Microsoft’s Gates: iPad Users Really Just Want a Surface
This according to Microsoft Chairman Bill Gates, who, in a wide-ranging interview with CNBC, claimed that current tablets suffer from a lack of PC features — features that Microsoft is delivering to them with Surface and Windows 8.
“With Windows 8, Microsoft is trying to gain share in what has been dominated by the iPad-type device,” Gates said. “A lot of those users are frustrated. They can’t type. They can’t create documents. They don’t have Office there. So we are providing them something with the benefits they have seen that have made that a big category, without giving up what they expect in a PC.”
That’s the theory, anyway — though an unproven one at best. According to the latest data from research firm IDC, Microsoft shipped about 900,000 Surface RT and Surface Pro tablets in the first quarter of the year — enough to claim a 1.8 percent share of the tablet market. So if with Surface and Windows 8 Microsoft is finally giving consumers the tablet they really want, consumers haven’t yet realized it. Which is odd, because Microsoft is marketing them with a campaign estimated to cost about $1.5 billion.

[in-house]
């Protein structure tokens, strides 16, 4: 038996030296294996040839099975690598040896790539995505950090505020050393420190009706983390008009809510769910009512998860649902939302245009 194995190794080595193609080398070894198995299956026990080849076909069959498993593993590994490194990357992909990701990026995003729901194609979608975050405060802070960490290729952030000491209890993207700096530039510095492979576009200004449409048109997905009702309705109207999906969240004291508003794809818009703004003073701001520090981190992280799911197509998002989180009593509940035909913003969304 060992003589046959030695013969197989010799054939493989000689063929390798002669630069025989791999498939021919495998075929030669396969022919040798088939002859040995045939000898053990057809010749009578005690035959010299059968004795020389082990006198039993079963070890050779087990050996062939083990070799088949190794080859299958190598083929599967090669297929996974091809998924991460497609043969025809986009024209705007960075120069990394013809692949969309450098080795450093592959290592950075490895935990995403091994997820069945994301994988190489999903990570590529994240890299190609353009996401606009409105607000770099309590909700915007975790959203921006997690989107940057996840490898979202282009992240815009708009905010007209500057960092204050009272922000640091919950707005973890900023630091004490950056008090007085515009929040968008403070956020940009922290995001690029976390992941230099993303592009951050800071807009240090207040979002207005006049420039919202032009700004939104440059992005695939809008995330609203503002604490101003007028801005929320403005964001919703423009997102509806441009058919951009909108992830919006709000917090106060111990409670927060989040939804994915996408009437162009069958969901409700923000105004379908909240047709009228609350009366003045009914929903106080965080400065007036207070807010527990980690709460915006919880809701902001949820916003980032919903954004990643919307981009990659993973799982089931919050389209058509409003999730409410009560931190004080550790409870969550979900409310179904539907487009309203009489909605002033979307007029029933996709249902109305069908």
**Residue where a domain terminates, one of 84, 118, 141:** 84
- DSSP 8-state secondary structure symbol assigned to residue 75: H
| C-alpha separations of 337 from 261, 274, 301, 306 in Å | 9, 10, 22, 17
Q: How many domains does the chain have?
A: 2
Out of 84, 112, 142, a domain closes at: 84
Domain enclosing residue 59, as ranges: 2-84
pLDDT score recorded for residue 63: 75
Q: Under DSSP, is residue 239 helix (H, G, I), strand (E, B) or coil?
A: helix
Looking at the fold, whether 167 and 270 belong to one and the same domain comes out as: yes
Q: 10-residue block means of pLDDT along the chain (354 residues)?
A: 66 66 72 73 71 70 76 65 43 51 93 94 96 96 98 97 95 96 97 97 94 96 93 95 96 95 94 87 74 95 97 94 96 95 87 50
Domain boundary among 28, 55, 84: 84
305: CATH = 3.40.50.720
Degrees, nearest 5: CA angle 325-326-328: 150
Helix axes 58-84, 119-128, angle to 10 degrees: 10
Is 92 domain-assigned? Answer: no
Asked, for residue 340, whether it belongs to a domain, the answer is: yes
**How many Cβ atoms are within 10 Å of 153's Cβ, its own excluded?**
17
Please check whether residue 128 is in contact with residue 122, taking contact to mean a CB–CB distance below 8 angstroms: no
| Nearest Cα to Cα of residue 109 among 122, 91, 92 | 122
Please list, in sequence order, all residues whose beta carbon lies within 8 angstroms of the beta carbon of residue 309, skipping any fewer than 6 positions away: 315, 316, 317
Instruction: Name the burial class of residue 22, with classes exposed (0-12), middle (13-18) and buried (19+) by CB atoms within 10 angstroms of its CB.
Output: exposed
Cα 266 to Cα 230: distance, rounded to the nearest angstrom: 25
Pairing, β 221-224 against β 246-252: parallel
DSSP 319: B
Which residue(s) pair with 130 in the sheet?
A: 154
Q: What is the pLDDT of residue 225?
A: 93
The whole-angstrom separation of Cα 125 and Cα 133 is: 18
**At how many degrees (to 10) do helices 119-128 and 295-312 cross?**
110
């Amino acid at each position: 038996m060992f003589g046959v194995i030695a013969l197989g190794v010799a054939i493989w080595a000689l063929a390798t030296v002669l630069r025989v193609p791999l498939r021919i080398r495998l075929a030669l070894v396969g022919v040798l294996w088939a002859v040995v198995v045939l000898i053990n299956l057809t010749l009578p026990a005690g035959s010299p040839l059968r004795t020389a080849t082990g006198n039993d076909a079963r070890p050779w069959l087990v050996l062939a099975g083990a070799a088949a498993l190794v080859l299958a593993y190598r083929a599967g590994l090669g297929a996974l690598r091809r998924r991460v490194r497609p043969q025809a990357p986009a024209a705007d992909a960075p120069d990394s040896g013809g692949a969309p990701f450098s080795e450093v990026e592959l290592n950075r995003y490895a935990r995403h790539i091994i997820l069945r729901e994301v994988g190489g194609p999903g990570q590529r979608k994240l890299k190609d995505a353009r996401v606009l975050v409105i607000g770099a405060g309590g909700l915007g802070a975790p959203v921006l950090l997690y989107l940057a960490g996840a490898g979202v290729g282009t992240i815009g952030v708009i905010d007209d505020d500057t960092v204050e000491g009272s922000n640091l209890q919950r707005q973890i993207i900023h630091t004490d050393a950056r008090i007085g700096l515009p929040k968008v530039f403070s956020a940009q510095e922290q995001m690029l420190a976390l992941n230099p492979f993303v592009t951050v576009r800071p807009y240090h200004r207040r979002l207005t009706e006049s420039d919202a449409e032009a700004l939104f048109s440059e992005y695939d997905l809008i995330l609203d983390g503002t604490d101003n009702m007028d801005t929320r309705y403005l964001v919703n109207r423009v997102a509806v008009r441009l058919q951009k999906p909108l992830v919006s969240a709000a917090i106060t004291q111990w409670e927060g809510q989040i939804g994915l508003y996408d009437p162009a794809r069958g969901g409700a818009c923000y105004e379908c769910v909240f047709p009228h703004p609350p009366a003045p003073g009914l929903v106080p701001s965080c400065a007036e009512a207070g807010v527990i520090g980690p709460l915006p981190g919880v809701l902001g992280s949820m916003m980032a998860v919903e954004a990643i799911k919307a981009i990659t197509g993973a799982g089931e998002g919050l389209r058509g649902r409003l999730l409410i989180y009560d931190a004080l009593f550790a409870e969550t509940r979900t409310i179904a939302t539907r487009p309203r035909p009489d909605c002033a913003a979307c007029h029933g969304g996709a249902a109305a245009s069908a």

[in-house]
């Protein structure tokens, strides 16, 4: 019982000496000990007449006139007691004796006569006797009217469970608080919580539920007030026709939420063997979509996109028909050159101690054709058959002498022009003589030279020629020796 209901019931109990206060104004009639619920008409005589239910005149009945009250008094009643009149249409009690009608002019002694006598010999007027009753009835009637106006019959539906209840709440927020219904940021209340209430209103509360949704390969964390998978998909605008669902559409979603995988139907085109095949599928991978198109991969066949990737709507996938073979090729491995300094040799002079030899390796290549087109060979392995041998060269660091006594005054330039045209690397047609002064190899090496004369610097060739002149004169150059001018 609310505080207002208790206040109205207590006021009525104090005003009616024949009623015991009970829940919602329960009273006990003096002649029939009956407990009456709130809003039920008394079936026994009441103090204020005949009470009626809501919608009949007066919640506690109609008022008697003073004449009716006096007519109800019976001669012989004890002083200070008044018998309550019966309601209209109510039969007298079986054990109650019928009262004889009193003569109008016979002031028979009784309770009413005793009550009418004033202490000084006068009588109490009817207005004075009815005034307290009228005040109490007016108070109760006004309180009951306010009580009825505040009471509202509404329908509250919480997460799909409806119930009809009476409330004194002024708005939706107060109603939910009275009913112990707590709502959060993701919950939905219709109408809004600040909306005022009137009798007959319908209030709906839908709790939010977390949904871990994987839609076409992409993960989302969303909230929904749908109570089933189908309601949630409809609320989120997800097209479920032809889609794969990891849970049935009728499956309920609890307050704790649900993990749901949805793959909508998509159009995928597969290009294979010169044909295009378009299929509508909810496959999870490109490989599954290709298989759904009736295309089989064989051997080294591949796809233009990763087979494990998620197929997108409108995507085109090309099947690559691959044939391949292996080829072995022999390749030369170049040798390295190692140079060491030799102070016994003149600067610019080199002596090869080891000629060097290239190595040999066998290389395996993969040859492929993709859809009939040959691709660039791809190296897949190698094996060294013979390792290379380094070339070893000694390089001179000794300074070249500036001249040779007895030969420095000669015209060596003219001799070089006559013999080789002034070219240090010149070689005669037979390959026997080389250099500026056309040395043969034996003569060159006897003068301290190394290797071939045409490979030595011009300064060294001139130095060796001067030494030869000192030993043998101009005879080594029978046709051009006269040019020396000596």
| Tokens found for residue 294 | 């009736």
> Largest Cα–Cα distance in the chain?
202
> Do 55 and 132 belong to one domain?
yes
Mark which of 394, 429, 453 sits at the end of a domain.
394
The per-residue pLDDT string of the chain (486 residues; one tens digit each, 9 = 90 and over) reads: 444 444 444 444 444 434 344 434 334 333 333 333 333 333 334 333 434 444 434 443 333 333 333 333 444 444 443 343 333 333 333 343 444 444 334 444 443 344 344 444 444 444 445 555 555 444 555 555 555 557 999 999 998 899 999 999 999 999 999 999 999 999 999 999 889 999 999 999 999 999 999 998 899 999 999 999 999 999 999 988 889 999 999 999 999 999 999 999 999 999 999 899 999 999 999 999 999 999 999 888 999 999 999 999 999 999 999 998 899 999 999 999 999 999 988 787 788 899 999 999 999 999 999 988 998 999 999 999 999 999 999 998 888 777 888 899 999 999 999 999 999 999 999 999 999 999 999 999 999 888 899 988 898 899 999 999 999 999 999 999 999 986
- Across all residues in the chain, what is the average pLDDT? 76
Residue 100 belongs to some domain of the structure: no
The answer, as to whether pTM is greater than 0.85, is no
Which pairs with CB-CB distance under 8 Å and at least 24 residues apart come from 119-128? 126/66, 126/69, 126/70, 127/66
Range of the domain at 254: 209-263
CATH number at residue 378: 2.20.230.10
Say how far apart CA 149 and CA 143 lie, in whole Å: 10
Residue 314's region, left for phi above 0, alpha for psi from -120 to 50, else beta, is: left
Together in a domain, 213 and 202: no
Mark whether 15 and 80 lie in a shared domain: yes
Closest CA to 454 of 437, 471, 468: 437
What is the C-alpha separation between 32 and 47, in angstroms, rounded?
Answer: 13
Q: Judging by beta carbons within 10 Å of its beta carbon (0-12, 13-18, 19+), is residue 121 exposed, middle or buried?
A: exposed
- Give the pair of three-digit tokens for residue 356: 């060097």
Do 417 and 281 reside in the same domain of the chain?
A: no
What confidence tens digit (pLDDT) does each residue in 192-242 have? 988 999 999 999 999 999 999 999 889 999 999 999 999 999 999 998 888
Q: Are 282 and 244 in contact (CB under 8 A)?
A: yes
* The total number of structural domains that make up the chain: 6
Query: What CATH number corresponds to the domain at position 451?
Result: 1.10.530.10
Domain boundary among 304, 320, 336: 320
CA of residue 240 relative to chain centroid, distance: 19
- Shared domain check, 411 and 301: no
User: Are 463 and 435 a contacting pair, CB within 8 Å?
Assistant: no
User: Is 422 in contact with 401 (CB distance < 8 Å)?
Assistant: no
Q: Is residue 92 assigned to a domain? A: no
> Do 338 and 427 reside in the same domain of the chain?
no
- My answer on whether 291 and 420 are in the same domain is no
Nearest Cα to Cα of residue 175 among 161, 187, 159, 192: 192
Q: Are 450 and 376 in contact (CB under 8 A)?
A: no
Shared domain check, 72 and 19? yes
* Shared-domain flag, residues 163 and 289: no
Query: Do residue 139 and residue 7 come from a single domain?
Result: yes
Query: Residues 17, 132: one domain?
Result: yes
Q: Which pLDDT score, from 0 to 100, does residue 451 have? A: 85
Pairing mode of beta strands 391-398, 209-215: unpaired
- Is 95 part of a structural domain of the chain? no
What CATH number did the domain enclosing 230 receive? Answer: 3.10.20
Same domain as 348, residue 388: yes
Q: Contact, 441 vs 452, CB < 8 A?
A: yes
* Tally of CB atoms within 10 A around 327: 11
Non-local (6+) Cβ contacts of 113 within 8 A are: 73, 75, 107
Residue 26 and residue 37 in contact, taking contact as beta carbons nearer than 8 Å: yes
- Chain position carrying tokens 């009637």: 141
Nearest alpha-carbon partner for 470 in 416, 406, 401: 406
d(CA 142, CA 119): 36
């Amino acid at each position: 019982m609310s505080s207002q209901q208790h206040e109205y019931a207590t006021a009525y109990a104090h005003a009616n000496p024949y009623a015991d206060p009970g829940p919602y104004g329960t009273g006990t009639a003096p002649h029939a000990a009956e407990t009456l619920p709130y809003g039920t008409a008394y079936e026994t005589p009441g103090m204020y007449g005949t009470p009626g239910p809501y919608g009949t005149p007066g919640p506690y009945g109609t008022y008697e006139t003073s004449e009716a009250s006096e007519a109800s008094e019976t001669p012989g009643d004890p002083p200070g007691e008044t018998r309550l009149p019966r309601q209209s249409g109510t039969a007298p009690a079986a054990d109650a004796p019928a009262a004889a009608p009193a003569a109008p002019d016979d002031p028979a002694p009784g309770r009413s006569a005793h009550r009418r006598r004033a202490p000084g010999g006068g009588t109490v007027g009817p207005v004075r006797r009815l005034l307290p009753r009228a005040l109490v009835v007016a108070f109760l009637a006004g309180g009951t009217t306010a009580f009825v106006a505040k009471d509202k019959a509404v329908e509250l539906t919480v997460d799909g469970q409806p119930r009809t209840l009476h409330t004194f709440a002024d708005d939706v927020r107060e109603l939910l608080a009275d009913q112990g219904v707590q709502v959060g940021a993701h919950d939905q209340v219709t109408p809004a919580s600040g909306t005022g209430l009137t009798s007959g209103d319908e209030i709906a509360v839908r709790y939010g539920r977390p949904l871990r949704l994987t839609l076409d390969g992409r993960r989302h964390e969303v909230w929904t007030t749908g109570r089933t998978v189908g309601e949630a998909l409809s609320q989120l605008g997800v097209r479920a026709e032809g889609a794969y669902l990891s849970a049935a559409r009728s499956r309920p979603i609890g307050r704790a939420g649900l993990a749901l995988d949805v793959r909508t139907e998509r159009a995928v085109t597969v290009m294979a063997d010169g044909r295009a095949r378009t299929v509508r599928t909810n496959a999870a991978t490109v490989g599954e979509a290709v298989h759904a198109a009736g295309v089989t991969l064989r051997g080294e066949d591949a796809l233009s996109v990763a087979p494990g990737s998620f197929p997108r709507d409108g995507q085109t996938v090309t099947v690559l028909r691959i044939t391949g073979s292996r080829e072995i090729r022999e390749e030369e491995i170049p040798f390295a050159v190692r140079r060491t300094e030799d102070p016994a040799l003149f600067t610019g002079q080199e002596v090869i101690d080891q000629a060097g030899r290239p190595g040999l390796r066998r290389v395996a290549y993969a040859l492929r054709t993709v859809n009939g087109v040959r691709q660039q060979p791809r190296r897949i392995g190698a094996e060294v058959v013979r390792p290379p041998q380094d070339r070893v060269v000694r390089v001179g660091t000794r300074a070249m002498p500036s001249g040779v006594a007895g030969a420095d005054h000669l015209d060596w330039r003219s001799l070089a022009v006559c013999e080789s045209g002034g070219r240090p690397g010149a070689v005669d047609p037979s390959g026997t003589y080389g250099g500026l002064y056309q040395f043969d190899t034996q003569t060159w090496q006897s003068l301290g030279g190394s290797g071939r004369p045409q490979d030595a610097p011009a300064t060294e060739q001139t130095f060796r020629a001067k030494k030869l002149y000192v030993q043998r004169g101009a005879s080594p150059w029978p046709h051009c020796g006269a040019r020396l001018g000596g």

You’d think that if a signficant portion of the tablet market really does want the more chimeric device Gates describes, Surface would be doing quite a bit better at market than it is currently. But it’s not. Not yet, anyway.
Perhaps that’s because consumer expectations for what a tablet is and should be have been set by the iPad, and Microsoft needs to change them — not an easy thing to do. Or perhaps it’s because Microsoft has misjudged the tablet market by viewing it through that aging, dusty PC-as-Alpha-and-Omega lens of which it’s so fond.
Gates’s remarks begin at about 7:20 in the video below: